On top of that, Developer Advocates have no responsibility over the live site. If the live site crashes, there are unexpected tasks that come up, late-night phone calls and/or after-hours trips to the office. These tasks may conflict with personal comfort levels, domestic responsibilities, or cultural norms. It’s not empowering to give some women tasks that make them uncomfortable, so we’ve restructured the roles to be more flexible and accommodating.
Working in the tech industry can be more challenging for women. So, it’s also important to create a space where people feel appreciated. A safe and empowering work environment isn’t just about policies. Mishaal told us that this empowering environment is one of the main ways that Educative fits with her lifestyle.
“Educative has an extremely encouraging environment and inculcates a sense of teamwork and an overall helpful attitude amongst teammates. We have ‘Thank You Thursdays’ every week. In addition, we have daily standups to keep us up to date regarding each other’s progress; support is shown by all colleagues in case of a blocker, by offering help in any way possible”.
Sidra also explained that a healthy environment makes it easier for her to further a career in the tech industry.
“The dynamic environment, the guidance and support that I have from my leadership, [and] the great team all give me so much motivation to perform better."
Continued education is quite important for people working in the fast-moving tech industry. That’s why Educative seeks ways to encourage all of our employees to keep learning and growing. The empowerment of women in the tech industry means that they need the same access to knowledge and technology, even after landing careers.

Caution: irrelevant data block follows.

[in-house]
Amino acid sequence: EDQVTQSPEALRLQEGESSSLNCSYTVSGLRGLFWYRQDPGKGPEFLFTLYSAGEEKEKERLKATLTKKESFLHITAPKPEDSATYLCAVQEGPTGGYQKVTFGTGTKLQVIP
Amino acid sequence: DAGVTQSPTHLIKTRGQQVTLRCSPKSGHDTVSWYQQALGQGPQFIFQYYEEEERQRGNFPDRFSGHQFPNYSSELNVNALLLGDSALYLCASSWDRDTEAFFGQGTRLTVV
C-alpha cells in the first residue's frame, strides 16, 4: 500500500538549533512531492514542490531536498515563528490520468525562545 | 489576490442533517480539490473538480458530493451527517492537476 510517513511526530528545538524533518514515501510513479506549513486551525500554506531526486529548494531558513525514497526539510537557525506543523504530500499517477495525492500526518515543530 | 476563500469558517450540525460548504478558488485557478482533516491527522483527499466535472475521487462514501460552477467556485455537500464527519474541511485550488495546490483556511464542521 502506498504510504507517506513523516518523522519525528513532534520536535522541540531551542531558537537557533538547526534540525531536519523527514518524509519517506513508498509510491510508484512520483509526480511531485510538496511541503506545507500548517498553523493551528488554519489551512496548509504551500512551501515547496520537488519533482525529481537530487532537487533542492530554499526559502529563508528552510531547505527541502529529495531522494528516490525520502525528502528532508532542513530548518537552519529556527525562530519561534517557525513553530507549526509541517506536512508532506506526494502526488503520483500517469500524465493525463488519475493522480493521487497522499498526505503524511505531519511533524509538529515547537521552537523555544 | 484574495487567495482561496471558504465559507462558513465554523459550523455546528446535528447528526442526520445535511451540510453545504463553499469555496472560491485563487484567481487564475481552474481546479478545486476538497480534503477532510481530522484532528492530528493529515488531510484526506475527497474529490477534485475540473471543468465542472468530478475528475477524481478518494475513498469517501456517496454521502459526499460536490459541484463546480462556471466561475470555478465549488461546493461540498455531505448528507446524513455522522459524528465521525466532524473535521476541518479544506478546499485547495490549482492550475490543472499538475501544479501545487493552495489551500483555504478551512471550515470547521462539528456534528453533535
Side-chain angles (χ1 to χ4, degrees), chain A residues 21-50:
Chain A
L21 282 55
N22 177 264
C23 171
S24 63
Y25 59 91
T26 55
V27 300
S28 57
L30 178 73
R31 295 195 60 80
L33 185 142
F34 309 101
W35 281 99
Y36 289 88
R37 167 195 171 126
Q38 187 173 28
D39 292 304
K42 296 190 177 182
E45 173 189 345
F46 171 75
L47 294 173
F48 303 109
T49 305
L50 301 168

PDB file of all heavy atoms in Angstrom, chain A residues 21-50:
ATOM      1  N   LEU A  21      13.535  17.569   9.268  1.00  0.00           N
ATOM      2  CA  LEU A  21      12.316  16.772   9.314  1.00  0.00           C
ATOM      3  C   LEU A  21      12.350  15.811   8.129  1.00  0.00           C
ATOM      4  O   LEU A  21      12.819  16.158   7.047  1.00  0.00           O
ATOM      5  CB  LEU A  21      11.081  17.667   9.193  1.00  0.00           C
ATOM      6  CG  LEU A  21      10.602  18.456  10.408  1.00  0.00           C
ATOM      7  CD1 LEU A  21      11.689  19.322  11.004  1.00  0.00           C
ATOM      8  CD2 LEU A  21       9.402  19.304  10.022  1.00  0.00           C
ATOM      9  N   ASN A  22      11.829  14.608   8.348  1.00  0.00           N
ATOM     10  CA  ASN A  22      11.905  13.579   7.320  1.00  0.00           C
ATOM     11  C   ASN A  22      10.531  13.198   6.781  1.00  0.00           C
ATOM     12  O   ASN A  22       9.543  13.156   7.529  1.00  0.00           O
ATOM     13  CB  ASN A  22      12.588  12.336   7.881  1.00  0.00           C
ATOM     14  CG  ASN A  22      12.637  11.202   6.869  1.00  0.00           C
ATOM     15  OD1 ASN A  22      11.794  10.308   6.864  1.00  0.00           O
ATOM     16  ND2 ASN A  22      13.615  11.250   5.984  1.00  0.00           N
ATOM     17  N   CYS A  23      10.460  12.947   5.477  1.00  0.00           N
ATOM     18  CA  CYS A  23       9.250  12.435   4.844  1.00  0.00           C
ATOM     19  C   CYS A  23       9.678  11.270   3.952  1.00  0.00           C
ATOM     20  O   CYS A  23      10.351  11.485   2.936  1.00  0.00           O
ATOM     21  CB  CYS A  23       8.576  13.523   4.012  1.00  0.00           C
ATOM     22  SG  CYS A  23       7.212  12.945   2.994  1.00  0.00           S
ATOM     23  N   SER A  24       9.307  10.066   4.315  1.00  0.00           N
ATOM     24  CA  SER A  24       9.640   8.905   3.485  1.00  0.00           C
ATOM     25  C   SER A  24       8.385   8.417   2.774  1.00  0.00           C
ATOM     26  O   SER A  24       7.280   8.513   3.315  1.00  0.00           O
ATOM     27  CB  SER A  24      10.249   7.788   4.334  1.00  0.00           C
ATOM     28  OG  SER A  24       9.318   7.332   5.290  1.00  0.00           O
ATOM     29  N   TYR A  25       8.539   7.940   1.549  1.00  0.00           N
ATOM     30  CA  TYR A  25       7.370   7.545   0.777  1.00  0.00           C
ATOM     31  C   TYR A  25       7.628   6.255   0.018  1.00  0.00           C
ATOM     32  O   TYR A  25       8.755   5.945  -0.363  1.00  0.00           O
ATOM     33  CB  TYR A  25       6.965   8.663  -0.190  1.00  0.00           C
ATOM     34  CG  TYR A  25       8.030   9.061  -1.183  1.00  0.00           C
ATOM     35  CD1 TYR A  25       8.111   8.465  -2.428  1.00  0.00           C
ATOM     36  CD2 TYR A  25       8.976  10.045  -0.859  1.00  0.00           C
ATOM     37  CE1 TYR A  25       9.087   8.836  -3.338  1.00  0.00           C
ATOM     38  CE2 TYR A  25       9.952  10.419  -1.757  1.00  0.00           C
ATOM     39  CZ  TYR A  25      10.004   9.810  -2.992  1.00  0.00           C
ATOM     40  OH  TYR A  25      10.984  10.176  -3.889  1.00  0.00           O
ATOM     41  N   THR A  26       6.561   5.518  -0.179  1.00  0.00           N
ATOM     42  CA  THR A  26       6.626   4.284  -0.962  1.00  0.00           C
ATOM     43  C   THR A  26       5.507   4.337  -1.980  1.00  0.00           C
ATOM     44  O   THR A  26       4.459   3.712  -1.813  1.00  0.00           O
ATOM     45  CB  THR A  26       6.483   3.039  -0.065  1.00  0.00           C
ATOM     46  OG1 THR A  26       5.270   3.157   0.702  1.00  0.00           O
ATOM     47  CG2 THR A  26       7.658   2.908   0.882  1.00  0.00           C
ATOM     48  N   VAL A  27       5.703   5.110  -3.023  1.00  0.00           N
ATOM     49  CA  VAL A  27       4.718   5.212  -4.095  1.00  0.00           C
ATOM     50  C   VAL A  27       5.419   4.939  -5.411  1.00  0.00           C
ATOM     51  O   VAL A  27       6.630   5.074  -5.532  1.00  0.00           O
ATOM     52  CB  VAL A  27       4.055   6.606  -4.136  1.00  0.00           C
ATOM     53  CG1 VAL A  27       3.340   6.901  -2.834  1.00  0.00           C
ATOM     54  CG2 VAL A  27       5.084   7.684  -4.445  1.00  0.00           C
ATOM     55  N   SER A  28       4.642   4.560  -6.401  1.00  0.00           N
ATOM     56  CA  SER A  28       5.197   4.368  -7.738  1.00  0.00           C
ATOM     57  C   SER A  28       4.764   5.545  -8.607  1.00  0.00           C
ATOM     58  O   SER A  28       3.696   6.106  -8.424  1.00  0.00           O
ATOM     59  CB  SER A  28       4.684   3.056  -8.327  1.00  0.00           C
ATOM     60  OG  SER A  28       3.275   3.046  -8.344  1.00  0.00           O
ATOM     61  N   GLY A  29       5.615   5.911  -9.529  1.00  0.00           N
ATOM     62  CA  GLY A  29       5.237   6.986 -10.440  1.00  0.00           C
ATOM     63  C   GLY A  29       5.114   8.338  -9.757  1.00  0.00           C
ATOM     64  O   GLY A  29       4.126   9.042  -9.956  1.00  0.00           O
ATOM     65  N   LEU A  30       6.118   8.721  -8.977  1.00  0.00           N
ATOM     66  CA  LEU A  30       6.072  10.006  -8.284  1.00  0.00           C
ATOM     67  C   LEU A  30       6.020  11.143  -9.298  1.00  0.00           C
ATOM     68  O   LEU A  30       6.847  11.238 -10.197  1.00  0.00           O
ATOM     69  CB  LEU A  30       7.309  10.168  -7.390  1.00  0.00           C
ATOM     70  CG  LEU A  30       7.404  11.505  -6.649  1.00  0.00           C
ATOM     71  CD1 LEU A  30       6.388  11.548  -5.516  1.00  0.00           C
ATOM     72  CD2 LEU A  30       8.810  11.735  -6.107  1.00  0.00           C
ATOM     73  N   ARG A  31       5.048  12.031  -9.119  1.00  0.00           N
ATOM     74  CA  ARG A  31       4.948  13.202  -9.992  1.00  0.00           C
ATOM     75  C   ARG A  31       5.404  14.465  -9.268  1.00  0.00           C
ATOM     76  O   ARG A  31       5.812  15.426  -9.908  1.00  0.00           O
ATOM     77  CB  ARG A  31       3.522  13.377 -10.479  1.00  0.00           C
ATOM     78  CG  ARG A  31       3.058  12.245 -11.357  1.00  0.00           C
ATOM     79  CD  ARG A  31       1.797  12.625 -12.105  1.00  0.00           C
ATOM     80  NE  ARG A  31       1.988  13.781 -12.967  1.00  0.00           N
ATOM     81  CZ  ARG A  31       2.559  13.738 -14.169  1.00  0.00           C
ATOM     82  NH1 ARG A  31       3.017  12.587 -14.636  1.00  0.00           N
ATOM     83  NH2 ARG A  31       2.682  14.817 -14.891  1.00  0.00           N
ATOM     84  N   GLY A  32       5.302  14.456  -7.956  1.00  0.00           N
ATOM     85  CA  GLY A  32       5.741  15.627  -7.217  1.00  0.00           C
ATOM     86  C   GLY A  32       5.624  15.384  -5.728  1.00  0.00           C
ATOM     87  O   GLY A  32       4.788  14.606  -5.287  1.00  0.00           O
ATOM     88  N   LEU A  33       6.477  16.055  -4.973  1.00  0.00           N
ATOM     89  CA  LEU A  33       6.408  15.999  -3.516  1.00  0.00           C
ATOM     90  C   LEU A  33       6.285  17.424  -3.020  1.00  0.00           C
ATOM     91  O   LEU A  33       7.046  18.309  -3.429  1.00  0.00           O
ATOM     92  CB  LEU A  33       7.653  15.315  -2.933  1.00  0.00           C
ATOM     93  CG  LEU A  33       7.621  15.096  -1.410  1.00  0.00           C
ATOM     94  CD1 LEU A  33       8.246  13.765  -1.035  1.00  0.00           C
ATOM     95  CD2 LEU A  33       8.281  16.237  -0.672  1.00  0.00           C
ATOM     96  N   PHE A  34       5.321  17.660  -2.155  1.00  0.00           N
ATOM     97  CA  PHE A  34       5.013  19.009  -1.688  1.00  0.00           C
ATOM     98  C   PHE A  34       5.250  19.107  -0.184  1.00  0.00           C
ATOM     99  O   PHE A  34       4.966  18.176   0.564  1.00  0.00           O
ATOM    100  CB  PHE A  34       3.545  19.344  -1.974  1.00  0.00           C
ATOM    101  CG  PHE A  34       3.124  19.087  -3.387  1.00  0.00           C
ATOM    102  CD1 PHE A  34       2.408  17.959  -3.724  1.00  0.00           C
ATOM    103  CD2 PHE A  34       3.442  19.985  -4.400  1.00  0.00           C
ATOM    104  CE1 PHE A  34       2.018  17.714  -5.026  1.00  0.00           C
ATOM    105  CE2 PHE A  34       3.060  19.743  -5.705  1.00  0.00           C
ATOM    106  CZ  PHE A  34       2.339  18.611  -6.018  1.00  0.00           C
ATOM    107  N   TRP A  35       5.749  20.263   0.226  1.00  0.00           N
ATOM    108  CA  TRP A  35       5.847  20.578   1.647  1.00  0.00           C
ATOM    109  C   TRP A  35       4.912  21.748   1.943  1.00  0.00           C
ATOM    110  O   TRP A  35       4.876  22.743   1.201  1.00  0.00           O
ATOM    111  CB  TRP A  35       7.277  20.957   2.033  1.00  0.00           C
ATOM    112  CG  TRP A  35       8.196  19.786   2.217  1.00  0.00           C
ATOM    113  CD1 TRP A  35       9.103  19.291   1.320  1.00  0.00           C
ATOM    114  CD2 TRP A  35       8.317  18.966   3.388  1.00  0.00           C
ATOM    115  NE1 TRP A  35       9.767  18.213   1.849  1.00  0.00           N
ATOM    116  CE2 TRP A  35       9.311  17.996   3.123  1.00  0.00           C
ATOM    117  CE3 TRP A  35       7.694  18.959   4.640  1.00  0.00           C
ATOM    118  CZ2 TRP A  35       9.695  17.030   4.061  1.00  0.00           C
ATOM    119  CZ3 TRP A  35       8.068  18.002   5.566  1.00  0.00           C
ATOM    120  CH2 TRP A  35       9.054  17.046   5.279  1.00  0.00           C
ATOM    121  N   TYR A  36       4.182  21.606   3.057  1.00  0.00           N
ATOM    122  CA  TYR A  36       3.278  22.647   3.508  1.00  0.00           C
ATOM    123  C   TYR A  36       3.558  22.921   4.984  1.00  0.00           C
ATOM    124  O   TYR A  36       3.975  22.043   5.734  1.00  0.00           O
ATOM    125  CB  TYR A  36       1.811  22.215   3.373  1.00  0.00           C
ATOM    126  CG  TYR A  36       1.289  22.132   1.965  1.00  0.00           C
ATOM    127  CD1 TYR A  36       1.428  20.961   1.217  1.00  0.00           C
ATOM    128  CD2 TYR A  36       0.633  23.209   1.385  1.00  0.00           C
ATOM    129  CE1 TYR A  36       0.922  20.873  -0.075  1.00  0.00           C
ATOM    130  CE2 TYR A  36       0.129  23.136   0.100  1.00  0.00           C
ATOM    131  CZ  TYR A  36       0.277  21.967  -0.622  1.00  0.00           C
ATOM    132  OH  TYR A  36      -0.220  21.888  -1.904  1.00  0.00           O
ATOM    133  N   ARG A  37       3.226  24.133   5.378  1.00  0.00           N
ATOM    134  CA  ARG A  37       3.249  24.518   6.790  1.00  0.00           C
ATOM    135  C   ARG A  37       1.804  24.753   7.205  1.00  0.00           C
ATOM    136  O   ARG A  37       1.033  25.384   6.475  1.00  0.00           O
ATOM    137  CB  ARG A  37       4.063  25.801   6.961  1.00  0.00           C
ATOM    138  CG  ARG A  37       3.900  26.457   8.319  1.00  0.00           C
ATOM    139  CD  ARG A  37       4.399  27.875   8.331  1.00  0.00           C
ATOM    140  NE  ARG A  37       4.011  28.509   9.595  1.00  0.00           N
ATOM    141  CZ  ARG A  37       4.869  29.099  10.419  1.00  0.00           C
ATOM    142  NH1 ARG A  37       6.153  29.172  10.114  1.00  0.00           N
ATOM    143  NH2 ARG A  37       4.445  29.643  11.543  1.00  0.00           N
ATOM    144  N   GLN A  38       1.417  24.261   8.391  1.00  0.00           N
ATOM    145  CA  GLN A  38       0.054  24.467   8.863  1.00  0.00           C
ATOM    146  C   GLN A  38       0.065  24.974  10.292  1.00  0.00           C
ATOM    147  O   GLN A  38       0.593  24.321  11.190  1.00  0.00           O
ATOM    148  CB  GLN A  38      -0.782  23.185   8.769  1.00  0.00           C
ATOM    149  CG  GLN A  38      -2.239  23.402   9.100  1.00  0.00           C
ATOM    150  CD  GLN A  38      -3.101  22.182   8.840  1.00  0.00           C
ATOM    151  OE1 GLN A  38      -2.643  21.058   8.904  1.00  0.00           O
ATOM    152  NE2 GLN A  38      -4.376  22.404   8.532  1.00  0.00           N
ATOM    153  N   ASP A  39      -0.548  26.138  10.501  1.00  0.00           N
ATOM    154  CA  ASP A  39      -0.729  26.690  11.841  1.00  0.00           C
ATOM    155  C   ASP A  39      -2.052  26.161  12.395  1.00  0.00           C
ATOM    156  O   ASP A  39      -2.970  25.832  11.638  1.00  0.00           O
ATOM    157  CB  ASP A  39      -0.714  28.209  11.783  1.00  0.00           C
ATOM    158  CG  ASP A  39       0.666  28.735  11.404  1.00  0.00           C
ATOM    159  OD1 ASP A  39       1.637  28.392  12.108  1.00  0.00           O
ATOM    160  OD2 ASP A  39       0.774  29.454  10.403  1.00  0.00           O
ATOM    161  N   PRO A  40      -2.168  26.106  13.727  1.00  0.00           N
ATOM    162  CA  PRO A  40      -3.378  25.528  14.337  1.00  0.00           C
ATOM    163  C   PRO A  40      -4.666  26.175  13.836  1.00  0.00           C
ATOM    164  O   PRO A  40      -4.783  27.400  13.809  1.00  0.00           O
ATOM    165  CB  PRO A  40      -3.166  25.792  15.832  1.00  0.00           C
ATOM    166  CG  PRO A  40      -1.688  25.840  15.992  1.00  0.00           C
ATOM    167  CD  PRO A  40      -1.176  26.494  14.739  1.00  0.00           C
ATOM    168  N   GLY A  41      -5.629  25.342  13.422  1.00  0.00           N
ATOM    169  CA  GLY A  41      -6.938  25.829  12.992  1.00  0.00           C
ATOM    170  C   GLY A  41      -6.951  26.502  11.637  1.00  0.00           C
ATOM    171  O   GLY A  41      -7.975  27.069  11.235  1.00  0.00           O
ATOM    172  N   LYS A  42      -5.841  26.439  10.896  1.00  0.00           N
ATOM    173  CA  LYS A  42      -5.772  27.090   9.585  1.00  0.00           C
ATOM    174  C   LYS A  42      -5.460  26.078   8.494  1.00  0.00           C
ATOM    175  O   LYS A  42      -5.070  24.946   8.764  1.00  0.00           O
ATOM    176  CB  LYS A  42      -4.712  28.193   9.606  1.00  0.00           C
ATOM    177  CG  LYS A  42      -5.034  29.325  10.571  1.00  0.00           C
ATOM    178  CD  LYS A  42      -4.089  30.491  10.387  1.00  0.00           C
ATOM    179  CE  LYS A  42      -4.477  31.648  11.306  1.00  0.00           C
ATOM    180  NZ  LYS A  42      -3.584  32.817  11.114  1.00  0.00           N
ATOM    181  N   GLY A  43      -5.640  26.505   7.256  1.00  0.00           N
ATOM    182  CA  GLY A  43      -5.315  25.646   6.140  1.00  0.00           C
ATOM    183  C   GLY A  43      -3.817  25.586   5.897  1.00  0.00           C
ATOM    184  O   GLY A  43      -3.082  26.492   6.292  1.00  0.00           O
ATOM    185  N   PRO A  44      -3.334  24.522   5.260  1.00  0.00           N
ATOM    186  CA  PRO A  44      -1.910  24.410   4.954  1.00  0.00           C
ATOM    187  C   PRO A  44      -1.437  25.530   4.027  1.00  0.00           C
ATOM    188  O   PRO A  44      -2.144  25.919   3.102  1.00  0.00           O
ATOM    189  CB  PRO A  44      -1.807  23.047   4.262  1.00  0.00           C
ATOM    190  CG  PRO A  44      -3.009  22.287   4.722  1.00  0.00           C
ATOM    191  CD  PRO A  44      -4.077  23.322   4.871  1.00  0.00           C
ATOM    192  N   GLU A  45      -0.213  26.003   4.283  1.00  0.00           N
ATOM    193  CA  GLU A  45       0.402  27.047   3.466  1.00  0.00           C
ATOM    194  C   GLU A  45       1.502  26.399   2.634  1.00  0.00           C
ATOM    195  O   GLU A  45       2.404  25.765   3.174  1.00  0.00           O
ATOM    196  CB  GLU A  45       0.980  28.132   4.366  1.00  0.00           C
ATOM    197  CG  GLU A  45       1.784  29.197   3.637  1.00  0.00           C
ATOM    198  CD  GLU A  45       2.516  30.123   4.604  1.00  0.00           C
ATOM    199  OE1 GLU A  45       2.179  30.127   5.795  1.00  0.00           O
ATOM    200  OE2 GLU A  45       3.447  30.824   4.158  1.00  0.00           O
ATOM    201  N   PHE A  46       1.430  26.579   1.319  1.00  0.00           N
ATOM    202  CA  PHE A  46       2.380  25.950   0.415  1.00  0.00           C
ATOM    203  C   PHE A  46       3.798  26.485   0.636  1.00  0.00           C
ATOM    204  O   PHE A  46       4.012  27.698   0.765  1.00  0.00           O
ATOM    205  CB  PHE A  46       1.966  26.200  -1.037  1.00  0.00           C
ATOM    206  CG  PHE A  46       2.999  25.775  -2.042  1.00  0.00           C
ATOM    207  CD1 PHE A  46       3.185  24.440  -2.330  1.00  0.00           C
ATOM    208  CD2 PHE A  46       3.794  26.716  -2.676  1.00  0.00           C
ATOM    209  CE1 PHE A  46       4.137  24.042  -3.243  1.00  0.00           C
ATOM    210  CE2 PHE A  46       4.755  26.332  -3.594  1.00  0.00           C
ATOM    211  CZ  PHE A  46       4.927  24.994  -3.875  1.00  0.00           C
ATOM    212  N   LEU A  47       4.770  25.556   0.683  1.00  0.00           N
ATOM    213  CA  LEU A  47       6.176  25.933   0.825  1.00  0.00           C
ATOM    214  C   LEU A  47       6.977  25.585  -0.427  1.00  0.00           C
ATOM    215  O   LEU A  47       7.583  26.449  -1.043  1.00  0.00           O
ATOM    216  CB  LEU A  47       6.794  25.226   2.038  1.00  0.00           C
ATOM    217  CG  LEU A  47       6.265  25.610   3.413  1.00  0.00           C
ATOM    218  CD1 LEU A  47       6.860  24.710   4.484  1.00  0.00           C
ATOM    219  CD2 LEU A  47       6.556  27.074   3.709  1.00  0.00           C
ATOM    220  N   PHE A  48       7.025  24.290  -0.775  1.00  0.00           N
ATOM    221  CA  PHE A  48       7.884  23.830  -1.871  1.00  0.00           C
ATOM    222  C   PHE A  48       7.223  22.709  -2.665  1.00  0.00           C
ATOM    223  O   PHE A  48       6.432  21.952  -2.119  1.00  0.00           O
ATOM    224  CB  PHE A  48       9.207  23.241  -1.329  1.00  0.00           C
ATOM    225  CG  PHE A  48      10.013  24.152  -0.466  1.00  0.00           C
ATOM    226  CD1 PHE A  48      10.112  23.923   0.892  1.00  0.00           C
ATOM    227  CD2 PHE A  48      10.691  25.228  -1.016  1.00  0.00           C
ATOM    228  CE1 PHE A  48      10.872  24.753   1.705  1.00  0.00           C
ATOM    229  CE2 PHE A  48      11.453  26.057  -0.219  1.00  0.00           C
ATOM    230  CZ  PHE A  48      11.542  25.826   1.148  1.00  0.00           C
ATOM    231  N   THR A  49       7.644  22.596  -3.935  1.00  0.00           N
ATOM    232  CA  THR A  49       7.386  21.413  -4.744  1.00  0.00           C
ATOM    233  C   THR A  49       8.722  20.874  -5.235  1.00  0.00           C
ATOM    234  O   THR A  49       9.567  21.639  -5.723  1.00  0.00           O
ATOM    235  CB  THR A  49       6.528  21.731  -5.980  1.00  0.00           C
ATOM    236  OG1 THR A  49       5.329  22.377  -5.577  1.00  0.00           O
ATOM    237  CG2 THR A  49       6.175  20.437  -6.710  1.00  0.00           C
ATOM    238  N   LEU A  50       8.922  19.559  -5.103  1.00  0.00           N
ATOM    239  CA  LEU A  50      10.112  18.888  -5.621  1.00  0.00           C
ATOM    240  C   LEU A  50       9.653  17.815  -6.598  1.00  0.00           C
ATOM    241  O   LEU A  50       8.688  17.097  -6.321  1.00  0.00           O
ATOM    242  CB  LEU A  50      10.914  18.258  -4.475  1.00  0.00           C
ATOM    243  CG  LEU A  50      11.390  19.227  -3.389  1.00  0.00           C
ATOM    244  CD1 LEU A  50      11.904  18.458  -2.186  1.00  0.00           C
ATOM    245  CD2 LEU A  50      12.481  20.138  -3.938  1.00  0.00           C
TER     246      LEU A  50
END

Mishaal explained that the company focuses a lot on education and that generally helps to build an empowering, future-oriented culture.
“Educative provides full freedom for creativity and experimentation to employees with what they want to learn for themselves in their careers. We design technical courses for developers, and this gives us the chance to learn new technologies every day, and stay in touch with the ever-evolving domain of Computer Science.”
Similarly, Shiza Ali, a former Developer Advocate with Educative, explained that she further developed her writing and teaching abilities at Educative, and this empowered her as a woman in the tech industry.
“Through Computer Science, I want to invent, teach, and inspire. Being a Developer Advocate at Educative, I had the opportunity to learn new concepts that I then taught to a million others in the form of courses”.
Even the flexibility of an online platform itself is a form of empowerment. The site is accessible for anyone with an Internet connection, so women all around the world are able to learn from their homes. Mishaal told us how that meets a unique need for women in Pakistan.
“This is especially beneficial for women in Pakistan and India, as some may find it difficult to access school education and learn to code due to various cultural, demographic, or religious reasons”.
Educative’s flexible hours, policies, and corporate culture of support are all part of our ongoing journey to empower the women of Pakistan in the tech industry. It’s important to recognize and accommodate cultural needs. After all, these norms shape the lives of us all, inside and outside the office.
“At Educative, we’re thrilled to be part of the movement to empower women in Pakistan’s tech industry. Technology will shape the future of our world. If women aren’t involved in those innovations and decisions, we all miss out.”
On a larger scale, practices that empower women through their cultural identities also redefine the rigid corporate norms of the past that disproportionately limit women. In the long run, we hope to see a world where women are equally involved in the tech industry. This requires a collaborative world that listens to the cultural needs of others. Until that time, Educative is thrilled to continue empowering the women of Pakistan through its growing scope of influence.